What’s missing? Obviously the multitude of planes, liveries, and the rest of the world. Some of the more complex and interactive navigational elements don’t appear (yet). The RV and the Maule support VOR navigation (including DME), ILS guidance, separate COM radio channels for keeping conversations private with buddies, but no Garmin GPS, ATC (Air Traffic Control), auto pilot, hold course, or hold altitude. There’s no push back or a key to bind to that feature. All of this may be on the horizon with the larger jets. There is no slew but we can essentially pick up our plane and drop it in any spot on the map and fly from there. There is no time advance feature for long flights, but MS alternatively offers waypoint advancement which essentially accomplishes the same task – long flights for those with challenging real life schedules. Be aware that using the Next Waypoint feature is fine, but it may reduce your total achievable score if used during a mission or challenge. By the way, following are links to helpful instructional videos on VOR navigation:
VOR Navigation Tutorial (Part I) – MSFS
VOR Navigation Tutorial (Part II) – MSFS
VOR Navigation Tutorial (Part III) – MSFS
VOR Navigation Tutorial (Part IV) – MSFS
VOR Navigation Made Easy
Short VOR Navigation Lesson
Navigation Using a VOR
A blogger by the name of peterb wrote an opinion piece on Flight yesterday. The review was positive overall and much of it was consistent with my thoughts. Thus far, Flight leans a little more toward the game genre than its predecessors. However, I feel there’s plenty of sim left in it for my tastes and I think it’s really going to appeal to those who might have been intimidated by the complexities of previous versions. It is still a sim, not a game. Case in point: I ran into a younger generation during a multiplayer event who downloaded what they thought was a video game. They conveyed through online chat they didn’t understand the point of the virtual flight world they were bored to tears with. I can’t think of a better compliment than that. In addition, this is an unfinished project. There’s a lot more coming which could fill some gaps. For me, the rest of the world and commercial jets can’t come soon enough but I had a lot of fun this past week, logging about 10 flight hours, completing missions and challenges, rescuing a kayaker, finding 53 of 54 aerocaches, and reaching level 16. On the leveling, if you’re looking to advance quickly:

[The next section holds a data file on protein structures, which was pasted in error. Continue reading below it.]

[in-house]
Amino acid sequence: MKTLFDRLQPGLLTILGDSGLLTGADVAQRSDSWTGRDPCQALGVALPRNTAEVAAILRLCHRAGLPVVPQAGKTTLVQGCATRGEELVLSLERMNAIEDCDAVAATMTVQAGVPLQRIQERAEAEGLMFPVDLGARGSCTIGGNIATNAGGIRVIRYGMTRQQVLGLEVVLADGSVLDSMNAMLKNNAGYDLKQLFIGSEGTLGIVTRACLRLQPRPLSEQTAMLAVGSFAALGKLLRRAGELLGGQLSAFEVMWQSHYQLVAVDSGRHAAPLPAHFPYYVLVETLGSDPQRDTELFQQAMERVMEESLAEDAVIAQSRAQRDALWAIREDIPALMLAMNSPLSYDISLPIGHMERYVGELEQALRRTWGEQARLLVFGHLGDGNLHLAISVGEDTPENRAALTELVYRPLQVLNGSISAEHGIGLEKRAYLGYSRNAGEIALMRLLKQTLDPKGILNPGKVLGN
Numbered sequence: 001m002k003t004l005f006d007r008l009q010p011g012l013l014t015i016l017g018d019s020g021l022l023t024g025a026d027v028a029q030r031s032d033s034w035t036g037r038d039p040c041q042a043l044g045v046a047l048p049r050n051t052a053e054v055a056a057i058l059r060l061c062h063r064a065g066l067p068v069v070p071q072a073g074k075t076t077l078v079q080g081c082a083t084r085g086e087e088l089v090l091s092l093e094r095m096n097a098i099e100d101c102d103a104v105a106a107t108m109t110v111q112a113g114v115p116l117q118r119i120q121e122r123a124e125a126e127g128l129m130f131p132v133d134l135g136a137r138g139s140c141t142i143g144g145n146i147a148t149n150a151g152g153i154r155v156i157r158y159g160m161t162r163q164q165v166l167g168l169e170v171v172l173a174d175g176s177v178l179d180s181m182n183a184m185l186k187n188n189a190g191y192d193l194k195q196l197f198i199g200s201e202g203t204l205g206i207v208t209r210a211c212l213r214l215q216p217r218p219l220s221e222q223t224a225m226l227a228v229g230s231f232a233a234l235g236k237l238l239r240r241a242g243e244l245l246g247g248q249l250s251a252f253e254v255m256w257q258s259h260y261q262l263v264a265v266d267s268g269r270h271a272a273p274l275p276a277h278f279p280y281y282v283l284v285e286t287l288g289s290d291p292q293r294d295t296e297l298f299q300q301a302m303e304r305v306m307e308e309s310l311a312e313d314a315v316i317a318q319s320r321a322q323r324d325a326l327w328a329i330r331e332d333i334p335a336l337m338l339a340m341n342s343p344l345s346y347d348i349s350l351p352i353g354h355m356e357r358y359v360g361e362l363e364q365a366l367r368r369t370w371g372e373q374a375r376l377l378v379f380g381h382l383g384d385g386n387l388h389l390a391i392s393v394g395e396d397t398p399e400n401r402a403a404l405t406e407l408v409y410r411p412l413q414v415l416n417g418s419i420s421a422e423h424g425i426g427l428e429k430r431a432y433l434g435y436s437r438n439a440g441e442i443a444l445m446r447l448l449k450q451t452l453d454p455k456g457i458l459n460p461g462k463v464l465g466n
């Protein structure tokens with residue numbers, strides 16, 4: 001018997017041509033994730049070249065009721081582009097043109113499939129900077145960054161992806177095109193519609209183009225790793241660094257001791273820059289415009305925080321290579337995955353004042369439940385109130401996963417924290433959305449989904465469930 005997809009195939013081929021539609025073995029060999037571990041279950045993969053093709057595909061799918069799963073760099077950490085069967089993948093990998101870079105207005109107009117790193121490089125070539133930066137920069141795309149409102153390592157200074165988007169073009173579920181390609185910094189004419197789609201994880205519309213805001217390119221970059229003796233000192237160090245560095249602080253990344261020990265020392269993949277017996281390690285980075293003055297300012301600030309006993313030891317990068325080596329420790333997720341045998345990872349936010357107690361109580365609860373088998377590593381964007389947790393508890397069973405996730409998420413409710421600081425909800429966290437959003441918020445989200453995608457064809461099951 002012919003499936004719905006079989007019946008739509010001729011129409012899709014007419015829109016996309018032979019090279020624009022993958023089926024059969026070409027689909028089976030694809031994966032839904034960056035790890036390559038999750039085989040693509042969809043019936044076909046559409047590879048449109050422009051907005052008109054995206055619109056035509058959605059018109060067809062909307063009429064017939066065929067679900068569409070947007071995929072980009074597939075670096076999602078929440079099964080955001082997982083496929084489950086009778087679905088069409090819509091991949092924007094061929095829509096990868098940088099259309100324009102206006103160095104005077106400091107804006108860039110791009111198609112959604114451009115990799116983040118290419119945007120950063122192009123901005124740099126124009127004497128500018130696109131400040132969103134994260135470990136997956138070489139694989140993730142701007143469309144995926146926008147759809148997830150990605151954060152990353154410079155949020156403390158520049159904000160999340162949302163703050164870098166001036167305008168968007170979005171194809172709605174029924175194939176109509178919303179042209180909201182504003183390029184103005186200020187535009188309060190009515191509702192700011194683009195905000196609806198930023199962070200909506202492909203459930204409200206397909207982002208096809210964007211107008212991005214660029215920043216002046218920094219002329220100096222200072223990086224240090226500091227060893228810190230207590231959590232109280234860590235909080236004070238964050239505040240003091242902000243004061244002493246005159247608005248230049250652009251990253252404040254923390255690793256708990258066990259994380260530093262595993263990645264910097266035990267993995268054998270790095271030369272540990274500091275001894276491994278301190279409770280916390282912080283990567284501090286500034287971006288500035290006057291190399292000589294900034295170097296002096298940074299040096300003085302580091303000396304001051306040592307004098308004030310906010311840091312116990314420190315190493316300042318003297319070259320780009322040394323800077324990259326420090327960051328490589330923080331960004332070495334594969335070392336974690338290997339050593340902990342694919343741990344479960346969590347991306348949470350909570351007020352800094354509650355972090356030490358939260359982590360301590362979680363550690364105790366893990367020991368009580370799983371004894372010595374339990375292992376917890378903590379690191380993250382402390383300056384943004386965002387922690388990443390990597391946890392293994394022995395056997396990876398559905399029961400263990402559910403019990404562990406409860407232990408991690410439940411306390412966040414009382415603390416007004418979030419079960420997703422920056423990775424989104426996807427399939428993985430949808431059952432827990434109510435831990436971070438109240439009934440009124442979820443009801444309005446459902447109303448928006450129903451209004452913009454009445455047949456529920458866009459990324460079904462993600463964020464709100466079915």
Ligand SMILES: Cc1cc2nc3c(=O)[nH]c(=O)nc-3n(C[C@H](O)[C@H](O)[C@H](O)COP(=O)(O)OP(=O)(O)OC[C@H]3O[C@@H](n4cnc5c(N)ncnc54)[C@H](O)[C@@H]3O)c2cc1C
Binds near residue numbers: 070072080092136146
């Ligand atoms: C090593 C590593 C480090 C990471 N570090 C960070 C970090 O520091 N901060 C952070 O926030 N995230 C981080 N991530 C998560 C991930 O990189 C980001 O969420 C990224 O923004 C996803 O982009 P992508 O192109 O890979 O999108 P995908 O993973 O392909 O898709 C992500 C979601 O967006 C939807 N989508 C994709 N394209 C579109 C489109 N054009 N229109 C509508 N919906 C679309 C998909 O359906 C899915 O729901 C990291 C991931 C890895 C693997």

- Grab all the aerocaches available (except Curvature of the Earth). They range in value between 1,000 and 5,000 points a piece depending on difficulty level.
- Run repeated Gold Rush challenges. Up to 6,200 points is available in each run which only takes a few minutes.
- Try some of the other Challenges or Missions. There are a few in there worth an easy 12,000 points one time only (one example is the aerobatics competition).
Regarding multiplayer, the installation of Flight will apply the necessary Windows firewall policies to host a game, but I found that my NAT router was blocking incoming game requests which prevented me from hosting. By looking at my router logs, I determined that UDP port 3074 was required to be open in both directions on the NAT router (where incoming UDP 3074 traffic would be forwarded to the PC hosting the MS Flight session).
Following are some screen shots from my flights.
Updated 3/8/12: I picked up a lot of points tonight while trying several challenges to unlock paint schemes. In doing so, I reached level 20 and at this point I’m able to level no further. Level 20 appears to be the cap in this first release of Microsoft Flight. I’ll continue to fly as it’s still a lot of fun and not really about leveling.